Meanwhile the fog and darkness thickened
so that people ran about with flaring links, proffering their services to go before horses in carriages,
and conduct them on their way.
ancient tower of a church, whose gruff old bell
was always peeping slily down at Scrooge out of
a gothic window in the wall, became invisible.
and struck the hours and quarters
with tremulous vibrations
teeth were chattering in
in the clouds,
frozen head up there.
In the main street,
the corner of the court,
some laborers were
repairing the gas-pipes, and had lighted a great
a brazier, round which a party of ragged
men and boys were
hands and winking their eyes before the blaze
The water-plug being
left in solitude,
overflowings sullenly congealed, and turned
shops where holly sprigs and berries crackled
windows made pale faces
ruddy as they passed.
Poulterers' and grocers'
trades became a splendid joke: a glorious pageant, with which it was next to impossible to
the lamp heat of the
believe that such dull principles as bargain and
The Lord Mayor,
the stronghold of the mighty Mansion House,
gave orders to his
cooks and butlers to keep
Christmas as a Lord Mayor's household should;
and even the
he had fined
on the previous Monday for being drunk
the streets, stirred up to-
in his garret, while his lean
wife and the baby sallied out to buy the beef.
Foggier yet, and colder!
pay a day's wages for no
clerk observed that
was only once a
poor excuse for picking a man's pocket
every twenty-fifth of December!" said Scrooge,
"But I supBe here
buttoning his greatcoat to the chin.
pose you must have the whole day.
the earlier next morning.
in a twinkling,
Scrooge walked out with a growl.
clerk, with the
long ends of his white comforter dangling below
his waist (for
he boasted no greatcoat), went
a slide on Cornhill, at the end of a lane of
boys, twenty times, in honor of
mas Eve, and then
as hard as he could pelt, to play at blindman'sbuff.
Scrooge took his melancholy dinner
usual melancholy tavern; and having read
newspapers, and beguiled the rest of the evening
with his banker' s-book, went
chambers which had once belonged to
They were a gloomy suite
of rooms, in a lowering pile of building
business to be that
one could scarcely help fancying
Christmas - Tide.
run there when
young house, playing
hide-and-seek with other houses, and forgotten
was old enough now, and
dreary enough, for nobody lived in
the other rooms being
out as offices.
yard was so dark that even Scrooge,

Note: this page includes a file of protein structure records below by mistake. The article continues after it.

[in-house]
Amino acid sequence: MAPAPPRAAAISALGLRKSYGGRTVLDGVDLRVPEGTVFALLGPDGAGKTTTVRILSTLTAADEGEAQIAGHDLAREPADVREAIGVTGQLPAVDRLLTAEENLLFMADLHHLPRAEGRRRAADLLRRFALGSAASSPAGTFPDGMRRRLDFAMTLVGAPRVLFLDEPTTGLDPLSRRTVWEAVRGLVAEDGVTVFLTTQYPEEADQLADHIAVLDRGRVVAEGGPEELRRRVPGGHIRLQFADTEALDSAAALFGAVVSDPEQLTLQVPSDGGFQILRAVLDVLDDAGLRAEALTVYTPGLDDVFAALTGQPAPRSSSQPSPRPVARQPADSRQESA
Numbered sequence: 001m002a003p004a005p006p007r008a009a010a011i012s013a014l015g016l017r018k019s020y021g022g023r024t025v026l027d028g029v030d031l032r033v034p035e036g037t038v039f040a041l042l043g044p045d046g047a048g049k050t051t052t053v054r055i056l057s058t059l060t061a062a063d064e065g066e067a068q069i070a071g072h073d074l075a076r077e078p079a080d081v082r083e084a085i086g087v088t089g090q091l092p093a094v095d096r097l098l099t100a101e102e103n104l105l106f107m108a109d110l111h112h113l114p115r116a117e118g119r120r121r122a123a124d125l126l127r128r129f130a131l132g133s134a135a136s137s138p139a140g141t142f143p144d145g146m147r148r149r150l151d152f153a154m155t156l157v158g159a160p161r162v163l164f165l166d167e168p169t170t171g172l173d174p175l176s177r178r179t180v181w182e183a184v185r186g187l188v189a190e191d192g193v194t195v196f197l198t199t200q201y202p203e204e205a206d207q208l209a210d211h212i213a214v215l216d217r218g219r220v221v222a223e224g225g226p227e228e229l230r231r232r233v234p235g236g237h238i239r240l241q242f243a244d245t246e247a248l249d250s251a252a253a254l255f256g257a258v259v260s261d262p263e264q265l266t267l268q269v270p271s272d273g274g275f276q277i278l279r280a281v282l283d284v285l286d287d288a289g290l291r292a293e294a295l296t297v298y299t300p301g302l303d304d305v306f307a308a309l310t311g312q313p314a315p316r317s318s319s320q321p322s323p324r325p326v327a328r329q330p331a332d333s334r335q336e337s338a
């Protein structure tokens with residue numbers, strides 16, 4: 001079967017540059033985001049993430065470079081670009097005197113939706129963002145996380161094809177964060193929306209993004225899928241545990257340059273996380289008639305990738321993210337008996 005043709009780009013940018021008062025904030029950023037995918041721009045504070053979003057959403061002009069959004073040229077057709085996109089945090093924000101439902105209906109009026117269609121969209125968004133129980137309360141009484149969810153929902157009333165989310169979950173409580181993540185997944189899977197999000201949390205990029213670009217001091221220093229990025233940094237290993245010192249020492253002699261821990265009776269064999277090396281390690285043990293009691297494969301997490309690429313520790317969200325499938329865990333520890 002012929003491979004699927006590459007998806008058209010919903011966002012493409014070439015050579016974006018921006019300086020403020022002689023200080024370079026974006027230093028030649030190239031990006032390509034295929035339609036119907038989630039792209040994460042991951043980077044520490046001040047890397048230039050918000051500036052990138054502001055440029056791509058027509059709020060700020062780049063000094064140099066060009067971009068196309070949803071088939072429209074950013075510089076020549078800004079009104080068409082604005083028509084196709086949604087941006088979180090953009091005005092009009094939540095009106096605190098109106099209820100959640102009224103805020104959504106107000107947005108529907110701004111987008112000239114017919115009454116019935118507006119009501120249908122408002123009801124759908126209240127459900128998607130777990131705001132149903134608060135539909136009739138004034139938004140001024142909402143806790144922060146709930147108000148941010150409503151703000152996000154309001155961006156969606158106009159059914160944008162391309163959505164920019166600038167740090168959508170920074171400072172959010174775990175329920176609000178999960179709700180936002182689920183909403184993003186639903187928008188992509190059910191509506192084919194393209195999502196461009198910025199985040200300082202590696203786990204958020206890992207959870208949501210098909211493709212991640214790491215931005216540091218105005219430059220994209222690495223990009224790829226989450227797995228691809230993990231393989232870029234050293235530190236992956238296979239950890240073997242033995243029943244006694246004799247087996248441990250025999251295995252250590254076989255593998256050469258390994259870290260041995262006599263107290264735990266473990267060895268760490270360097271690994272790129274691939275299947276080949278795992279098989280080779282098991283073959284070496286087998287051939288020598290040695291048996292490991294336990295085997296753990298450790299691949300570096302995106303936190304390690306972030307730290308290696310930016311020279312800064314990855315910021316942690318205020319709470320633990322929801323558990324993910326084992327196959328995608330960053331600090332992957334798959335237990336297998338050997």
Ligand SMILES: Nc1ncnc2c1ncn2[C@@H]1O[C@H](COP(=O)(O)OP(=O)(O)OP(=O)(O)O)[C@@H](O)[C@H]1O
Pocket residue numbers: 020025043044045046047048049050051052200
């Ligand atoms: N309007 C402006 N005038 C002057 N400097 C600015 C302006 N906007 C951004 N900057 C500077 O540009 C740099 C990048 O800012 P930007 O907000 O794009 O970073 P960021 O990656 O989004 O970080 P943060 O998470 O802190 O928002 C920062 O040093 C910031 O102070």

every stone, was fain to grope with his hands.
fog and frost so hung about the black old
gateway of the house that
Genius of the Weather
on the threshold.
a fact that there
particular about the knocker on
also a fact
night and morning,
during his whole residence in that place; also
about him as any
poration, aldermen, and livery.
had not bestowed
one thought on Marley since his
dead partner that
explain to me,
happened that Scrooge, having his key in
the lock of the door, saw in the knocker, without
undergoing any intermediate process of
—not a knocker, but Marley'
as the other objects in the yard were,
it, like a bad lobster
was not angry or ferocious,
but looked at Scrooge as Marley used to look,
with ghostly spectacles turned up on its ghostly
The hair was curiously stirred, as if
by breath or hot air; and though the eyes were
wide open, they were perfectly motionless. That,
a dismal light about
its livid color,
horrible; but its hor-
in spite of the face
control, rather than a part of its
looked fixedly at this phenome-
a knocker again.
say that he was not startled, or that his
blood was not conscious of a terrible sensation to
had been a stranger from infancy, would
But he put his hand upon the key
he had relinquished, turned
and lighted his candle.
did pause, with a moment's irresolution,
before he shut the door; and he did look cautiously behind at
he half-expected to be
with the sight of Marley's pigtail stick-
But there was nothing on
ing out into the hall.
the back of
nuts that held the knocker on, so he said, "Pooh,
pooh!" and closed
with a bang.
Christmas - Tide.
The sound resounded through
the house Hke
Every room above, and every cask in
the wine-merchant's cellars below, appeared to
Scrooge was not
be frightened by
across the hall, and up the stairs, slowly too,
his candle as
talk vaguely about driving a coach-
and-six up a good old flight of stairs, or through
act of Parliament; but
say you might have got a hearse up that
broadwise, with the splinter-
bar towards the wall and the door towards the
balustrades, and done
There was plenty
and room to spare; which